We are living in the Information Age. The average person has more connectivity and more access to more information now than at any point in history. With the tap of a few buttons we can have diagrams, studies, opinions, news reports, and entertainment in an instant.
So are we just ingesting the information we have or are we using it to make things better? Do we even know what problems there are in the world or how to solve them? Does liking or tweeting a post really make a difference?
On a single night in January 2013 the Housing and Urban Development’s Point in Time Survey was conducted and found 610,042 in the United States and 215,344 people were living in unsheltered locations. In 2013 nearly 140,000 children experienced homelessness.
Each year 46.5 Million individuals turn to the Feeding America network for food assistance. This is an estimated 15.5 Million households. and 39% of those households included at least one child. The median household income was $927 a month in 2014.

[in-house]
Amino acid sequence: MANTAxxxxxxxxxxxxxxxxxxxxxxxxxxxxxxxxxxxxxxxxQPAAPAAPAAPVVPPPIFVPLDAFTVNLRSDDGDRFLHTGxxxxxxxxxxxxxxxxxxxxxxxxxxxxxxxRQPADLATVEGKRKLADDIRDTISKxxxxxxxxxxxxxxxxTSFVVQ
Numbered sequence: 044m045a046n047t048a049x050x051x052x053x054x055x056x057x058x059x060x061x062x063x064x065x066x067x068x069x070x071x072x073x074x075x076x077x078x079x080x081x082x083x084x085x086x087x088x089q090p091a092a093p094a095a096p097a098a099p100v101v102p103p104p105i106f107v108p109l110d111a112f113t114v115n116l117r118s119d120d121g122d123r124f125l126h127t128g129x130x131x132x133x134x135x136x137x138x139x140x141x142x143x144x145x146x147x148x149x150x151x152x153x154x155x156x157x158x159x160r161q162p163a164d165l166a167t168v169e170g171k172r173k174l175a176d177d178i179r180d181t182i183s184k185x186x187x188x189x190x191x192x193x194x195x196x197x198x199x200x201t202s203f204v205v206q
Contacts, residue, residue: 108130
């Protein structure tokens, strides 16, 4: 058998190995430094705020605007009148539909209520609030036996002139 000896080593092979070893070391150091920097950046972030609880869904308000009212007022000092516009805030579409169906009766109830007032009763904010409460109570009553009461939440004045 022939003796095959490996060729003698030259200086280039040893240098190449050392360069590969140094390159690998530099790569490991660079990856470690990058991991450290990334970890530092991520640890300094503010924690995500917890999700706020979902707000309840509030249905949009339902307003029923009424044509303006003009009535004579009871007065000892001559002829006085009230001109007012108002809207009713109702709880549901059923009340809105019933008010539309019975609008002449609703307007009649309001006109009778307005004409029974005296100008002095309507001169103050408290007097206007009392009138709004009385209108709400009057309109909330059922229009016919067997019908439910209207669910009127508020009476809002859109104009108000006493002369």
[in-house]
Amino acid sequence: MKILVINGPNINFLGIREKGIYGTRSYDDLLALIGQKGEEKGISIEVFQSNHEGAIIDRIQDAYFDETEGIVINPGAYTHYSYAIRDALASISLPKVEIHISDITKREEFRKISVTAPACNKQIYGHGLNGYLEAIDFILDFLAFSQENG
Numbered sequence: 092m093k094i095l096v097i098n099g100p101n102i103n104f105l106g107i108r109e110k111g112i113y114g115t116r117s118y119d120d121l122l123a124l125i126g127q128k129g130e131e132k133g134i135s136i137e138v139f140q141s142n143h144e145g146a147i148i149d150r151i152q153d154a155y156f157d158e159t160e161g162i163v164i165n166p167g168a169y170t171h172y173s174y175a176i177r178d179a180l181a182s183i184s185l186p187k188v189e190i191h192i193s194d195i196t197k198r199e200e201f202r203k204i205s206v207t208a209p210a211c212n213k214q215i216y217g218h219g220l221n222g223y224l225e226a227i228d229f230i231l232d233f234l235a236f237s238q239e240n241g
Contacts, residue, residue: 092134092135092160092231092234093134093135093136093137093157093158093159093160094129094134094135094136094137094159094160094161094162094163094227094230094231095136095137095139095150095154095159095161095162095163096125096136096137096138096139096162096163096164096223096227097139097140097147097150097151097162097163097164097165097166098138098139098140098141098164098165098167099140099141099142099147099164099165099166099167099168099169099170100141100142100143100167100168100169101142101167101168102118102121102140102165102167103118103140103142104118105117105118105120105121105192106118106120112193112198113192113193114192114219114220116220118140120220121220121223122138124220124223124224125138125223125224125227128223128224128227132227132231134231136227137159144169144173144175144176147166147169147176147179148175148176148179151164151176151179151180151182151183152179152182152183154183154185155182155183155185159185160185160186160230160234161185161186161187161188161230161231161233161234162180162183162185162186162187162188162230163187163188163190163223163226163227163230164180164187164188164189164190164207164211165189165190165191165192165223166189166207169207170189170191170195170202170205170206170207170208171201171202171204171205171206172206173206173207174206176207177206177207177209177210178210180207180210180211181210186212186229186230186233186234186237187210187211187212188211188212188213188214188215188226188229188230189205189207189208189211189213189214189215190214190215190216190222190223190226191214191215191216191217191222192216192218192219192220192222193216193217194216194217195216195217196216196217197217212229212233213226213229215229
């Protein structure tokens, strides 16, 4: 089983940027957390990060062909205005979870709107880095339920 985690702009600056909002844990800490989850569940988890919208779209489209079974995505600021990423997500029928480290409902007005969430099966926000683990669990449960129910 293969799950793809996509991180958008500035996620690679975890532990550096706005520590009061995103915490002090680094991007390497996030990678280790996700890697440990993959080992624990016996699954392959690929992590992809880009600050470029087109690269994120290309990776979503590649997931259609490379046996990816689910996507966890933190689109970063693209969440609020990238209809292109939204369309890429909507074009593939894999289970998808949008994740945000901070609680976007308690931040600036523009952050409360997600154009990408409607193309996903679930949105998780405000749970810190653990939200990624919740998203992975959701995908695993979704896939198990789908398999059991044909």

783 million people are without clean water worldwide according to The Water Project. “Half of the world’s hospital beds are filled with people suffering from a water-related disease” Nearly 20% of deaths for children under the age of 5 are due to a water related disease. This was updated in August of 2016.
Information is great and all but are we ignoring the people and situations around us?
What we need more than information is compassion. Compassion is being so concerned about another person’s struggle that you are compelled to act. Compassion is not only posting, tweeting, emailing, or blogging about homelessness or hungriness or safe water; it is acting on the feelings you have. It is not only raising awareness it is solving problems. It is not apathetic, pat-yourself-on-the-back liking, it is boots on the ground, holding out your hand action.
But how can I help? Good question.
If you do not have the funds to open a homeless shelter or dig wells in Africa there are still ways you can help. Volunteer at your local food pantry, donate to a reputable charity, give blood, volunteer with Habitat for Humanity, or help a person or family that is on hard times.
But do not congratulate yourself for just raising awareness. The whole world could be aware of an issue and never solve it if no one has compassion. Knowing about something and doing something about it are two very different things. One takes effort, investment, and time; one takes nothing at all.
So what will you choose?